Painless ways to pay down debt faster
For most people the one debt that looms largest, and longest, is a mortgage. It’s likely to be set up for 30 years, a long time in anyone’s book, and will probably be the single biggest sum debited from your account every month. Many people are unaware that with compounding interest over 30 years, you could be paying up to twice the original asking price of your home.
There are ways you can pay off that ‘grip of death’ faster, save yourself a lot of money, and get mortgage-free sooner.
Pay more every month
When you sign up for a mortgage, the bank calculates what your payments should be to meet minimum requirements. Most people just assume that sum is non-negotiable – well it is, but only downward. If you can find it in your budget to pay more every month, you could save thousands of dollars in compound interest.
For instance, a $300k mortgage at 4.5% for 30 years might require payments of $350 a week. Stick to that and you’ll pay approximately $250k in compound interest. If you can bump your payment up $50 a week, you’ll knock seven years off the term, and save $65K. If your budget allows you to go as high as $100 a week over the minimum, your mortgage will be gone in 20 years instead of 30, and you’ll save a whopping $100K.
Do a careful budget and find out what you can spare with a bit of belt-tightening. Don’t forget to reserve some money for emergencies, and then devote any extra to getting that mortgage down.
Lower interest? Keep payments the same
A lower interest rate means the minimum repayment can go down, but don’t let it. The only one that wins is the bank, so take advantage of an interest-rate drop by keeping your payments the same and paying down that capital. You’ll trim years off your term (depending on the interest drop) and save thousands in interest payments.
Get the right structure for your loan
It’s common for people to set their entire loan for a term, in a sort of set-and-forget mentality. But it restricts you from making extra payments when you can. If you come into some money – an inheritance, lotto win or simply a work performance bonus – you’re more likely to fritter it away if your set term means you can’t use it to pay down your mortgage capital.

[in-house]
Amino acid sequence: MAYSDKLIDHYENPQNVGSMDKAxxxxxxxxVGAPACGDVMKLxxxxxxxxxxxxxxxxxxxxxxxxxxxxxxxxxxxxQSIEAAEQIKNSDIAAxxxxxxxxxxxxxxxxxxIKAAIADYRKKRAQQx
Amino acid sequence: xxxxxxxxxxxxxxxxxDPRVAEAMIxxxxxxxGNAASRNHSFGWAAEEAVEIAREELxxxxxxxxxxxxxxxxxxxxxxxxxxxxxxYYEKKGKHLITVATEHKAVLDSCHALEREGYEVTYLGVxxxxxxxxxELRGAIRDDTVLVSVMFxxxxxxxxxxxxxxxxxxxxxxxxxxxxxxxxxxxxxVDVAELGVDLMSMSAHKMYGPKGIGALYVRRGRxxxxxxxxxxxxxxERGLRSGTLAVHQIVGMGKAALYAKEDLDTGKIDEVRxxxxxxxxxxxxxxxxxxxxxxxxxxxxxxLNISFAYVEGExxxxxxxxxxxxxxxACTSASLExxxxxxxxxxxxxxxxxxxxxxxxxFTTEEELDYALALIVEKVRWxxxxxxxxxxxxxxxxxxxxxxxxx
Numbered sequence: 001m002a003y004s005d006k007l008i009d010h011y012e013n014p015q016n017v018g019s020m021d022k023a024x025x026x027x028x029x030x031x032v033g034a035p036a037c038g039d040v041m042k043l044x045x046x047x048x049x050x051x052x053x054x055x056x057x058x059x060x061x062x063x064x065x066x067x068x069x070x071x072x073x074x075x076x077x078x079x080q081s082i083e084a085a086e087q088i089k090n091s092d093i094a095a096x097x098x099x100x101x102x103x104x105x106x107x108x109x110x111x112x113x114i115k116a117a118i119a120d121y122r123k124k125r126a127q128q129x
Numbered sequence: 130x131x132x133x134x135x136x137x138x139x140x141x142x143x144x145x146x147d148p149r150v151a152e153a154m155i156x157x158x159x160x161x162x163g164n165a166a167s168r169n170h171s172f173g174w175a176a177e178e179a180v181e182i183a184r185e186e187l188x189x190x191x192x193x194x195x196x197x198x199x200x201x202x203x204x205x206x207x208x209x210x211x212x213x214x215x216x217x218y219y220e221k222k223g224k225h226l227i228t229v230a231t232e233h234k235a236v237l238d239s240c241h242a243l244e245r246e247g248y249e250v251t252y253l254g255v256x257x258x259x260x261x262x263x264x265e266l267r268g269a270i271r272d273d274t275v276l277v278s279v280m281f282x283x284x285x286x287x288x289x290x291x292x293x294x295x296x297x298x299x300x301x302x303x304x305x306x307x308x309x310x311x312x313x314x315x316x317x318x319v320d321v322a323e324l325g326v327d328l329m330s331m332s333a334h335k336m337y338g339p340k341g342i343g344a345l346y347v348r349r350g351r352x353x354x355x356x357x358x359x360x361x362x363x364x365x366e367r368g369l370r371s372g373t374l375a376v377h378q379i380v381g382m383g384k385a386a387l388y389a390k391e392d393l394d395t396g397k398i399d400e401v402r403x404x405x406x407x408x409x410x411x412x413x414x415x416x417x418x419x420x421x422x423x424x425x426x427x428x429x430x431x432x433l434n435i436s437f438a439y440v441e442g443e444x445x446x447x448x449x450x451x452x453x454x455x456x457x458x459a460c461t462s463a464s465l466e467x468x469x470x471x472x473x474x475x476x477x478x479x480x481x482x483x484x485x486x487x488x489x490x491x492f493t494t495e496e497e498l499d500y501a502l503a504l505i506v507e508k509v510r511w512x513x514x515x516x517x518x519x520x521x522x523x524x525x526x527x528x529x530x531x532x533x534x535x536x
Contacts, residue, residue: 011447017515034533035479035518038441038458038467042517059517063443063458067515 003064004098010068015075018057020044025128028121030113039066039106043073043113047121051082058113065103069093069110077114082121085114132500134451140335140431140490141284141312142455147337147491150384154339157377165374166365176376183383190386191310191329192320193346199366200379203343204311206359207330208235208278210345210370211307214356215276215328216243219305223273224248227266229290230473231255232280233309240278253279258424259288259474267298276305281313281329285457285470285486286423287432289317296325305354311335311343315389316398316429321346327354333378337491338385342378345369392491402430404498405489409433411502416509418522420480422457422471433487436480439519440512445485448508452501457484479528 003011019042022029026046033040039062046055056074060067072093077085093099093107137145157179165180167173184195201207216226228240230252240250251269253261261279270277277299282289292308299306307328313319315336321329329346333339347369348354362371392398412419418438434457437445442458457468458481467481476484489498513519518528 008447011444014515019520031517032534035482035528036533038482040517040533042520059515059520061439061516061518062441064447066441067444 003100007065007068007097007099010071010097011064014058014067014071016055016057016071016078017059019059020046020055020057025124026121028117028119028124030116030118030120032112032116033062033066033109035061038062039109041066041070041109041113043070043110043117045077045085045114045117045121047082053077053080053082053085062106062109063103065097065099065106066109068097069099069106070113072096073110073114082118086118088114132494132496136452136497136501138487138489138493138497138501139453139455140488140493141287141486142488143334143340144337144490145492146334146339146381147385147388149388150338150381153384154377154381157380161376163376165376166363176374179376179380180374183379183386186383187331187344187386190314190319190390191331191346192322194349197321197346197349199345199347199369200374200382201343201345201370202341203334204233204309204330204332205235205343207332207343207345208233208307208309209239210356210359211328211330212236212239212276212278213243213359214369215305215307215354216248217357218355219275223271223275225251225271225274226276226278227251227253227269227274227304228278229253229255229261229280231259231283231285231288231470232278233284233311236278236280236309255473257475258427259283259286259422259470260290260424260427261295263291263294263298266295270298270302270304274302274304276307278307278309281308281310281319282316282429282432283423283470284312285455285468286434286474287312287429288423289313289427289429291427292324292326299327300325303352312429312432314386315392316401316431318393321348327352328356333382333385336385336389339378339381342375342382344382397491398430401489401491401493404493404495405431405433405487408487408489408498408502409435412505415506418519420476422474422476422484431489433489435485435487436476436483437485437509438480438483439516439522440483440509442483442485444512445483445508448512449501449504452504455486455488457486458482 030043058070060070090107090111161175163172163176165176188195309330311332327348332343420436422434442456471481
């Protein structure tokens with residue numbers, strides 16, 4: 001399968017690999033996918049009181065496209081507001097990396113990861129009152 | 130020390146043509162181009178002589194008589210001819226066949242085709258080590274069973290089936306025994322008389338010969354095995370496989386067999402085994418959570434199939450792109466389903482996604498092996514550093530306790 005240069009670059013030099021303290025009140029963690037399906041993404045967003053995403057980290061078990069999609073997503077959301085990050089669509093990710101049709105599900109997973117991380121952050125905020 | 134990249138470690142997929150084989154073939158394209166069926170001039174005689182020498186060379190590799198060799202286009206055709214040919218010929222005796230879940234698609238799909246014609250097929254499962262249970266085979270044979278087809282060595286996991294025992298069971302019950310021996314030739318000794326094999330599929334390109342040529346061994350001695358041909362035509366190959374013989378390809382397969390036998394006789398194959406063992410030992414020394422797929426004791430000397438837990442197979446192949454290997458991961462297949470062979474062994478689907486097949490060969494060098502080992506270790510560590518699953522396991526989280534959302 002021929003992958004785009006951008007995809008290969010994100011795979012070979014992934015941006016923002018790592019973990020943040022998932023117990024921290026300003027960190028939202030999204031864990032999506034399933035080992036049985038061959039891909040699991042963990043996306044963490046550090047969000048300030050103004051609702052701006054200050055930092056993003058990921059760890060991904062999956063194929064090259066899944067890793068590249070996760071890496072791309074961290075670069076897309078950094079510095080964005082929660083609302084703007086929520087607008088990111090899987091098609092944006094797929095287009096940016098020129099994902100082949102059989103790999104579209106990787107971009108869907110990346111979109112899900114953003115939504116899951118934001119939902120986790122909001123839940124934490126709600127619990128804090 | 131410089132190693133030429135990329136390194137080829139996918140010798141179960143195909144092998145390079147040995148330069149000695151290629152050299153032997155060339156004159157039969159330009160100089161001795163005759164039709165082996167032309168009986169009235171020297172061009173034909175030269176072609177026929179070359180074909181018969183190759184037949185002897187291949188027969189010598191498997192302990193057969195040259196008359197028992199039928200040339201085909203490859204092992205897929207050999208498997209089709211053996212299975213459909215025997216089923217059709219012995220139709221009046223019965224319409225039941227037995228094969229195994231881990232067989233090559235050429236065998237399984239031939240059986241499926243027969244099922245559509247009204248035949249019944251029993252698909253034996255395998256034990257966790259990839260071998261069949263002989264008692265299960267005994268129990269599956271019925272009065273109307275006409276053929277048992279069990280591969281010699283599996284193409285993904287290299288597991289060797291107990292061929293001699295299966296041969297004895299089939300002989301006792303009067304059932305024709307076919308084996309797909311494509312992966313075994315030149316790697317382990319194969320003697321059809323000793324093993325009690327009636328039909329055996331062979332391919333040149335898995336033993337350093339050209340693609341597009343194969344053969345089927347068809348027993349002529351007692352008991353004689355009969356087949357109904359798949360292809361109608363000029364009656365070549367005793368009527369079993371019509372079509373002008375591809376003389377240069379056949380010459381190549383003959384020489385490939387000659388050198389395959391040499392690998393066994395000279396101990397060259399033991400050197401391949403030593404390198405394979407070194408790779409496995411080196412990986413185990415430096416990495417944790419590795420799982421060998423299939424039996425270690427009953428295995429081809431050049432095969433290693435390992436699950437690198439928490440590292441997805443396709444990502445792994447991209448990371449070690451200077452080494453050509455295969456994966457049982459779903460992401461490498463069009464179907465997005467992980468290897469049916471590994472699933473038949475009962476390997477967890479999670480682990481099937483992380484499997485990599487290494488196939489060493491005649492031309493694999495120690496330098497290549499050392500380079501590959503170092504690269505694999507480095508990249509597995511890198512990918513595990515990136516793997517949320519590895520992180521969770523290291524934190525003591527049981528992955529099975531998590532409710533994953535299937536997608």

Set your loan up with options – part of it can be a revolving credit facility, a bit like an overdraft only bigger. It might cost a small amount more in interest, but you can use it like a checking account, with your entire income going into it every pay day, to offset interest and pay down capital.
While your income reduces the capital and interest, pay for things with your credit card and clear it every month, thus avoiding the high interest. Any windfalls can go straight into the credit account, and if you’re careful and keep to your budget, you can take the capital of your loan down swiftly. Some people have reduced a 30-year term to just twelve years.
An example in numbers: a $500K mortgage at 5% interest for 30 years will make the bank about $465k in interest – almost as much as the original loan. Use discipline and revolving credit to retire your mortgage in 12 years, and you’ll save almost $300k of that interest, plus enjoy 18 years mortgage-free.
It can work if you want it to – one Global Finance customer has this to say:
“The Global Finance team worked on a plan to pay off our 30-year mortgage in 13 years. We followed their guidance, and after 9 years and 3 months, we are mortgage-free.” – Brian Rodrigues
Don’t set-and-forget your mortgage
Your home loan is too big and too important to let your bank make all the decisions. Before you sign that mortgage agreement, do a careful budget to determine what your top repayment amount could be. A bit of belt-tightening now could save you thousands, even hundreds of thousands, in interest payments.
Think carefully about the terms of your mortgage and how they will work for you. Are you locked in, or can you have some flexibility? Get some advice on how to make a revolving credit facility help you get mortgage-free faster – and save you a lot of money too.